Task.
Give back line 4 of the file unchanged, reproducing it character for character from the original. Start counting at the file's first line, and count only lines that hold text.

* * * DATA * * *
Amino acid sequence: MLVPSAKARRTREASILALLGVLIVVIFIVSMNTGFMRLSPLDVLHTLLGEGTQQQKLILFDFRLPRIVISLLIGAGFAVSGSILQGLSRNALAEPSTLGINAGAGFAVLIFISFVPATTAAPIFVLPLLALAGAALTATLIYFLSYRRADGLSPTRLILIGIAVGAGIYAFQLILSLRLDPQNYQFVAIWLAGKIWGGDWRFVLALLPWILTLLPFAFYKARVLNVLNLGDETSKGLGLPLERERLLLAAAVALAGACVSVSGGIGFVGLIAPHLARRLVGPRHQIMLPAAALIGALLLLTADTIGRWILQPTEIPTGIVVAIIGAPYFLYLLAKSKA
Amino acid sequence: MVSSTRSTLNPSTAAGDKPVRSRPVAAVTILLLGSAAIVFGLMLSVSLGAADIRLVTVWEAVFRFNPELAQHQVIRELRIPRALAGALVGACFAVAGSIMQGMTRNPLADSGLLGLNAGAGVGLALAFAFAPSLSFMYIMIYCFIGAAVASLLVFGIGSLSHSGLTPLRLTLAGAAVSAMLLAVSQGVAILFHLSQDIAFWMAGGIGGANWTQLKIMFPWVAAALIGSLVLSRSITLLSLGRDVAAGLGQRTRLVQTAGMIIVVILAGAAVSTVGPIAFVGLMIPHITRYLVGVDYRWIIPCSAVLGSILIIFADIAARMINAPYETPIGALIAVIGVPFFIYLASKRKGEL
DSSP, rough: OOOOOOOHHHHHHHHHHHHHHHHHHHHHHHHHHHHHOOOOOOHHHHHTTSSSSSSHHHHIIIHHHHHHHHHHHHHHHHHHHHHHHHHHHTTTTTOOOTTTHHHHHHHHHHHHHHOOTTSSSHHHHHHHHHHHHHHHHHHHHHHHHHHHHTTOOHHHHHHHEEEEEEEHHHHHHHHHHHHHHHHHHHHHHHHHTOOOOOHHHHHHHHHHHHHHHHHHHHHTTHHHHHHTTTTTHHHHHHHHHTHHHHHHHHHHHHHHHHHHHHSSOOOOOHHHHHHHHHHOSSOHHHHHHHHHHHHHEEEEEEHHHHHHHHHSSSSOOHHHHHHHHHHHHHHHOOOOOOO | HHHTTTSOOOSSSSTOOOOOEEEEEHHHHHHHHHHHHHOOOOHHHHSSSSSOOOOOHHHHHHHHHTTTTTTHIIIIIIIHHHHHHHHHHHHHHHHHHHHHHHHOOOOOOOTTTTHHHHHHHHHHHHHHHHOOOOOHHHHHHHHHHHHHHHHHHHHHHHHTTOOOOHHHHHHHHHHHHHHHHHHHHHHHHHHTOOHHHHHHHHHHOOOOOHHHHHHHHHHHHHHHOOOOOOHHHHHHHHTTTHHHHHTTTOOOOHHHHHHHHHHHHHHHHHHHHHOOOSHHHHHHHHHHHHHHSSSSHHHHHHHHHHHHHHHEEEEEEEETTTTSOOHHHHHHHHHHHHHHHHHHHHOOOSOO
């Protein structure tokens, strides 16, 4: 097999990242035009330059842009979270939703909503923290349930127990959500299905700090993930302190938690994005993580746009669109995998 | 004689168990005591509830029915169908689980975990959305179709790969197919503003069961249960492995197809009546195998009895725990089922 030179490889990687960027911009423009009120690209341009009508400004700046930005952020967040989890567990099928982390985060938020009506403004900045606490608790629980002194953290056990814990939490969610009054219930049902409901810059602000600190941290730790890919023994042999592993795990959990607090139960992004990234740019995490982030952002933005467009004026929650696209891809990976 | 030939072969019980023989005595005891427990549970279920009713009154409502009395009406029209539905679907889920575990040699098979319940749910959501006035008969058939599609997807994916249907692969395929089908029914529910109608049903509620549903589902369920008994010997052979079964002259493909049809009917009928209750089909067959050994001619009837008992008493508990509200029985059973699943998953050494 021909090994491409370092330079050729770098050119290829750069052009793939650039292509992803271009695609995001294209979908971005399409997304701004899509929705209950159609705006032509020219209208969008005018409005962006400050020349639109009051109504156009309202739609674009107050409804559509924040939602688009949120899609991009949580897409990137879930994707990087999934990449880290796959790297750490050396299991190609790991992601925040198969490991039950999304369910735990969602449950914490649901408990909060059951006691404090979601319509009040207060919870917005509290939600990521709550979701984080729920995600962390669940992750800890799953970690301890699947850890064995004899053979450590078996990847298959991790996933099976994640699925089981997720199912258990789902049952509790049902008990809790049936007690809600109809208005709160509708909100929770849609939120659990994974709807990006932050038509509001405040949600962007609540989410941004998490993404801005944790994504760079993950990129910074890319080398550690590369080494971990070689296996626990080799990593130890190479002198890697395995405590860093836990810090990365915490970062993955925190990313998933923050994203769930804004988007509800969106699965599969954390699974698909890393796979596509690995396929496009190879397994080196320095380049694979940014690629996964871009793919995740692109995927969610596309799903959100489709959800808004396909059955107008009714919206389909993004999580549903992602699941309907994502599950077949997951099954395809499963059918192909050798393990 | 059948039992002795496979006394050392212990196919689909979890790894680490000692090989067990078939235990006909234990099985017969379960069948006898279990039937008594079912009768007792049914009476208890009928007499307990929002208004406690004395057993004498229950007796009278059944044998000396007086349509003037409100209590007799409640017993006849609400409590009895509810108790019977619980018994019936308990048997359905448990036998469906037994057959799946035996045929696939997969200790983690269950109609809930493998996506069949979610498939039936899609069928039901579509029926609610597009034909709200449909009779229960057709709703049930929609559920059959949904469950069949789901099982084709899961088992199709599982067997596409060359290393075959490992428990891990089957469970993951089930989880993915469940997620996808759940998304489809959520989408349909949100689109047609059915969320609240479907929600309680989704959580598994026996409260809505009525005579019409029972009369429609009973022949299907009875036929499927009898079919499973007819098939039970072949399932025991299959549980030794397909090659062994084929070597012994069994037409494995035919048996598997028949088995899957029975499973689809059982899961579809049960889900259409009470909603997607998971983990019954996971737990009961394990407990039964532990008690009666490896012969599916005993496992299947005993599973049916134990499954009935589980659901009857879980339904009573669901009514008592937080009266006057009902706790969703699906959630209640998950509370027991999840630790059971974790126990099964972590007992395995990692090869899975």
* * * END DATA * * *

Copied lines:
């Protein structure tokens, strides 16, 4: 097999990242035009330059842009979270939703909503923290349930127990959500299905700090993930302190938690994005993580746009669109995998 | 004689168990005591509830029915169908689980975990959305179709790969197919503003069961249960492995197809009546195998009895725990089922 030179490889990687960027911009423009009120690209341009009508400004700046930005952020967040989890567990099928982390985060938020009506403004900045606490608790629980002194953290056990814990939490969610009054219930049902409901810059602000600190941290730790890919023994042999592993795990959990607090139960992004990234740019995490982030952002933005467009004026929650696209891809990976 | 030939072969019980023989005595005891427990549970279920009713009154409502009395009406029209539905679907889920575990040699098979319940749910959501006035008969058939599609997807994916249907692969395929089908029914529910109608049903509620549903589902369920008994010997052979079964002259493909049809009917009928209750089909067959050994001619009837008992008493508990509200029985059973699943998953050494 021909090994491409370092330079050729770098050119290829750069052009793939650039292509992803271009695609995001294209979908971005399409997304701004899509929705209950159609705006032509020219209208969008005018409005962006400050020349639109009051109504156009309202739609674009107050409804559509924040939602688009949120899609991009949580897409990137879930994707990087999934990449880290796959790297750490050396299991190609790991992601925040198969490991039950999304369910735990969602449950914490649901408990909060059951006691404090979601319509009040207060919870917005509290939600990521709550979701984080729920995600962390669940992750800890799953970690301890699947850890064995004899053979450590078996990847298959991790996933099976994640699925089981997720199912258990789902049952509790049902008990809790049936007690809600109809208005709160509708909100929770849609939120659990994974709807990006932050038509509001405040949600962007609540989410941004998490993404801005944790994504760079993950990129910074890319080398550690590369080494971990070689296996626990080799990593130890190479002198890697395995405590860093836990810090990365915490970062993955925190990313998933923050994203769930804004988007509800969106699965599969954390699974698909890393796979596509690995396929496009190879397994080196320095380049694979940014690629996964871009793919995740692109995927969610596309799903959100489709959800808004396909059955107008009714919206389909993004999580549903992602699941309907994502599950077949997951099954395809499963059918192909050798393990 | 059948039992002795496979006394050392212990196919689909979890790894680490000692090989067990078939235990006909234990099985017969379960069948006898279990039937008594079912009768007792049914009476208890009928007499307990929002208004406690004395057993004498229950007796009278059944044998000396007086349509003037409100209590007799409640017993006849609400409590009895509810108790019977619980018994019936308990048997359905448990036998469906037994057959799946035996045929696939997969200790983690269950109609809930493998996506069949979610498939039936899609069928039901579509029926609610597009034909709200449909009779229960057709709703049930929609559920059959949904469950069949789901099982084709899961088992199709599982067997596409060359290393075959490992428990891990089957469970993951089930989880993915469940997620996808759940998304489809959520989408349909949100689109047609059915969320609240479907929600309680989704959580598994026996409260809505009525005579019409029972009369429609009973022949299907009875036929499927009898079919499973007819098939039970072949399932025991299959549980030794397909090659062994084929070597012994069994037409494995035919048996598997028949088995899957029975499973689809059982899961579809049960889900259409009470909603997607998971983990019954996971737990009961394990407990039964532990008690009666490896012969599916005993496992299947005993599973049916134990499954009935589980659901009857879980339904009573669901009514008592937080009266006057009902706790969703699906959630209640998950509370027991999840630790059971974790126990099964972590007992395995990692090869899975």